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Phoenix House v Stockman 2019 – Employees secretly recording meetings

There has been a recent employment law case which has changed the stance of covert recordings of disciplinary meetings. Formerly the Employment Tribunal permitted such recording to be admissible evidence if the covert recording was relevant to the claim and the employee/claimant would not have been sanctioned. 

However, in the Phoenix House v Stockman case, the Employment Appeal Tribunal stated that if the employee secretly records a meeting with the purpose to manipulatively entrap an employer then their compensation could be reduced either in whole or in part. Therefore, this case can now impose a huge sanction with the ability to decide not to grant an employee any compensation. 

In order for the employer to be able to defend itself from covert recordings, which could be manipulated to benefit the claimant, it should carry out the following steps:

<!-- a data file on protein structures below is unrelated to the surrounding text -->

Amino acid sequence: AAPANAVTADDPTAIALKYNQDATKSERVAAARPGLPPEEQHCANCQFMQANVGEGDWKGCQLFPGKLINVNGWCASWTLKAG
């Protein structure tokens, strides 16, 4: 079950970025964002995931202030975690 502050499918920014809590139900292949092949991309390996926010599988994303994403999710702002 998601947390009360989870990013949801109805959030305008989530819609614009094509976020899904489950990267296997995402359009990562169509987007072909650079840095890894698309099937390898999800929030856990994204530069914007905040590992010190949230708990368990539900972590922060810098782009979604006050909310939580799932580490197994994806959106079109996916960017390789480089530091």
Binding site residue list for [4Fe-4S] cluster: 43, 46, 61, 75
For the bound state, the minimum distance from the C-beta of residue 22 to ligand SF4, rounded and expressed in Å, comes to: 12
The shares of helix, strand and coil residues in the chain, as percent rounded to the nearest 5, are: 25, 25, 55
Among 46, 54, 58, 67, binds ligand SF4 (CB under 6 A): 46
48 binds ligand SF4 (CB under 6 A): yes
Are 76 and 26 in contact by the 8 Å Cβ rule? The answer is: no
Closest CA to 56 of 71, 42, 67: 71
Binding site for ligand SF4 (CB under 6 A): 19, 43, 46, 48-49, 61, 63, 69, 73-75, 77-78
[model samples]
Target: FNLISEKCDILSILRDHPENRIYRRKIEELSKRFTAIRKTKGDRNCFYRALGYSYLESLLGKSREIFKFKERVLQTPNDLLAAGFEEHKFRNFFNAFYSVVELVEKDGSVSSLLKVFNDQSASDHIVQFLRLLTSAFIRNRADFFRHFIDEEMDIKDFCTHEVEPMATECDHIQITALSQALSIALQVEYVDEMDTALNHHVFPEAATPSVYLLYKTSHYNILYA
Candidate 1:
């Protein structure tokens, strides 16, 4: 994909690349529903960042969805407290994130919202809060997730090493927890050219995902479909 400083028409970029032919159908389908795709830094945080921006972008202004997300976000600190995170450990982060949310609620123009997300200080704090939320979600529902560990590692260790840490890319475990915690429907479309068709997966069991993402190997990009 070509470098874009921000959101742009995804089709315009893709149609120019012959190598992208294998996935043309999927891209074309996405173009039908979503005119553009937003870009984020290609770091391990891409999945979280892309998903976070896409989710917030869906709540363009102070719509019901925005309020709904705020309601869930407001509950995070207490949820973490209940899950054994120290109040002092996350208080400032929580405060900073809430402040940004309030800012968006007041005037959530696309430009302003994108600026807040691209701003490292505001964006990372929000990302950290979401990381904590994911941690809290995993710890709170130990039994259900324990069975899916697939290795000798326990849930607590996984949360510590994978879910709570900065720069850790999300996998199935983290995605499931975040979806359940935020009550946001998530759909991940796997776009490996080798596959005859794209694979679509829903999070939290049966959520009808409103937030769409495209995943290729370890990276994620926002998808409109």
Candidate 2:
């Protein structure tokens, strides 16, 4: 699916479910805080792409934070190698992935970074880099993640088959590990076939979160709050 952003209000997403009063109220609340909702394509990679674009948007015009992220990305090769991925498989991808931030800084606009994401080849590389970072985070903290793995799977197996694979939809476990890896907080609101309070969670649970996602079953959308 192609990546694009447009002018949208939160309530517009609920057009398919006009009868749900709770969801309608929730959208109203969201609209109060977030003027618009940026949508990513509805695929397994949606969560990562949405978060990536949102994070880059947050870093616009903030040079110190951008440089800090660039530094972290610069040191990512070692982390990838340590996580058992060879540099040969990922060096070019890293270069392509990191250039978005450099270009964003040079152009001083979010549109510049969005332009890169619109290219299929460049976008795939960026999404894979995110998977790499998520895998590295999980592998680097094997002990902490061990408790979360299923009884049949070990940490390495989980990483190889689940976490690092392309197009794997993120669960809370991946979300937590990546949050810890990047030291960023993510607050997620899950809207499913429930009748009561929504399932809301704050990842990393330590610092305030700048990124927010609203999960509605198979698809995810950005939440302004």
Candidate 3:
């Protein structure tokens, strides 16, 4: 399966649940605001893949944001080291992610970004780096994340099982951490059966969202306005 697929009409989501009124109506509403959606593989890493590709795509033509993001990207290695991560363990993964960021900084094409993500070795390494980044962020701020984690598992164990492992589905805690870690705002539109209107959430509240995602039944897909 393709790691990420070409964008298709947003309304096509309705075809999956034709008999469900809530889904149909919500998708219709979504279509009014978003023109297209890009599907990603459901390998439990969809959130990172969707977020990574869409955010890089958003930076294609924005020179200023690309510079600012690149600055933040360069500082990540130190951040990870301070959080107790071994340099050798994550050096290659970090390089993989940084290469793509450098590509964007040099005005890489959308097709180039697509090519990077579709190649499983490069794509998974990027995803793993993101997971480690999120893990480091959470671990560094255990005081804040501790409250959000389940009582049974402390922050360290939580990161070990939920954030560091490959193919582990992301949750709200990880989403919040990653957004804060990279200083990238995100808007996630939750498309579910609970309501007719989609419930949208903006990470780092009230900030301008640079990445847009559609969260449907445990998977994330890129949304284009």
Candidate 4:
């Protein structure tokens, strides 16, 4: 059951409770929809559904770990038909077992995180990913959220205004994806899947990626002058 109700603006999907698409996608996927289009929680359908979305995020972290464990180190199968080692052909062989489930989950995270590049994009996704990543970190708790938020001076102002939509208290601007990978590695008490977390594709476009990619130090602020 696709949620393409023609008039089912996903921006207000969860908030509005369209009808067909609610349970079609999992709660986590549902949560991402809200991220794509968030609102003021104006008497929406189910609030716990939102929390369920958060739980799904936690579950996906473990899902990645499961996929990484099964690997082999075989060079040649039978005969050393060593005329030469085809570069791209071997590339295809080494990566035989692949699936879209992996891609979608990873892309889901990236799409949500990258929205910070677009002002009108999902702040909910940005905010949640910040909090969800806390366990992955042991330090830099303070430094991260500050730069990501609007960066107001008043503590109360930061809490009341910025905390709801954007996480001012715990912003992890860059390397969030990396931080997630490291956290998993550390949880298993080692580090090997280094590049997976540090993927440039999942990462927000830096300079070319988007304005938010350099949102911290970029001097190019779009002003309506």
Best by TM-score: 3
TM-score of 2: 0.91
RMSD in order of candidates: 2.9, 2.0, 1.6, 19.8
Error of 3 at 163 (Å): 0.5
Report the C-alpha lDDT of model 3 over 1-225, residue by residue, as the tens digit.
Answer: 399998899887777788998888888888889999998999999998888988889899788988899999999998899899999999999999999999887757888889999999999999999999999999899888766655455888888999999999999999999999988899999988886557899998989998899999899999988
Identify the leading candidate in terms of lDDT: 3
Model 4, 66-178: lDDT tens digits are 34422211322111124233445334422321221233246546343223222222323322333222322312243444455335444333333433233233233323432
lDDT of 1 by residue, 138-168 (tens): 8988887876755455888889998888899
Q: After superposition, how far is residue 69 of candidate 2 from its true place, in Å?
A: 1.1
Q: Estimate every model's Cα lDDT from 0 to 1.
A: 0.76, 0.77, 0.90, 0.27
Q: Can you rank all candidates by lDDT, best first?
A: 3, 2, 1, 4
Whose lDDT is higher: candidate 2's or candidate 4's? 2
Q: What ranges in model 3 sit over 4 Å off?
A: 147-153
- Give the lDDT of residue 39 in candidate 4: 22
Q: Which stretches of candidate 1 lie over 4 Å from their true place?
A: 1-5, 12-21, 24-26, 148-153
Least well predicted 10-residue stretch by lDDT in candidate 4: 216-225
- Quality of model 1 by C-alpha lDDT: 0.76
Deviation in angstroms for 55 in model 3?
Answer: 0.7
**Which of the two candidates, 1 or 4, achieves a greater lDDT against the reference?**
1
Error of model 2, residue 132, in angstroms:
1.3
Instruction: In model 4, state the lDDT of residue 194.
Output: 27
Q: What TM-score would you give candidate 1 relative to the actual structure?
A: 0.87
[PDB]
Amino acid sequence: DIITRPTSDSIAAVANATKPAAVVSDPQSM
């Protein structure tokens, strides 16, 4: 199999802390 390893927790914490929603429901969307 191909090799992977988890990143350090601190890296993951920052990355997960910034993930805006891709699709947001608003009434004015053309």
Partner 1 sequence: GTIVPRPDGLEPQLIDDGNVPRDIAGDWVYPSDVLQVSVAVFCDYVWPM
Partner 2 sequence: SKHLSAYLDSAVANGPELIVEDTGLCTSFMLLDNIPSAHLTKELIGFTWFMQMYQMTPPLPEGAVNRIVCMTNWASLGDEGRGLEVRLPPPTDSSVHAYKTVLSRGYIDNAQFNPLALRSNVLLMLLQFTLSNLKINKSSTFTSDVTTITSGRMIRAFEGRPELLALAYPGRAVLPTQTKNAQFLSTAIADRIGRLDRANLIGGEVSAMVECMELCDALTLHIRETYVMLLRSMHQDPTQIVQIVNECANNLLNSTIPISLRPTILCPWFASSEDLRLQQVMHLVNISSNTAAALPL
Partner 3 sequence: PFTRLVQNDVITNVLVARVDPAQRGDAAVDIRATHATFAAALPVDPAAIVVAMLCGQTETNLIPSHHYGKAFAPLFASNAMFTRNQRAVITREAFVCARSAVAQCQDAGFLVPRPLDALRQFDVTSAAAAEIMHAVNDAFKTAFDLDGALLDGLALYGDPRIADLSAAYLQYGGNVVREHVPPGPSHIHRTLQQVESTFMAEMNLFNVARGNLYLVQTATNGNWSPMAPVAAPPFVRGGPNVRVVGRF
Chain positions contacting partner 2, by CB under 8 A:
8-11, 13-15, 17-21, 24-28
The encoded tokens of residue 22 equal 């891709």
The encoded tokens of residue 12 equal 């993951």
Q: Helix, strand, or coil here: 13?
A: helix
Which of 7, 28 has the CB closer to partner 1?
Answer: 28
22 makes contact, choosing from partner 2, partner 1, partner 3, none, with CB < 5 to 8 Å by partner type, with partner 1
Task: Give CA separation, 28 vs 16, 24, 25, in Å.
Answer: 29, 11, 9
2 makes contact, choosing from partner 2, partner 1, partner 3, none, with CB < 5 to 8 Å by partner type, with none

• Update the Staff Handbook stating that employees are not permitted to record meetings without prior written consent.
  • Ask employees to turn off their mobile devices (not just switch them to flight mode) before the meeting and ask them to confirm that they are not recording the meeting.
  • If there is a break in the meeting then the persons leading the meeting should retire to a different room (especially if they are deliberating).
  • Consider whether any words, comments or jokes would be prejudicial to the employer if the meeting was played before an Employment Tribunal. 

If you need any employment law/HR advice such as updating your Staff Handbook or assistance with disciplinaries then contact Lewis Holroyd on 01484 821 300 or Eaton Smith LLP can offer a monthly fixed fee HR package, fixed fees and work based upon our hourly rates.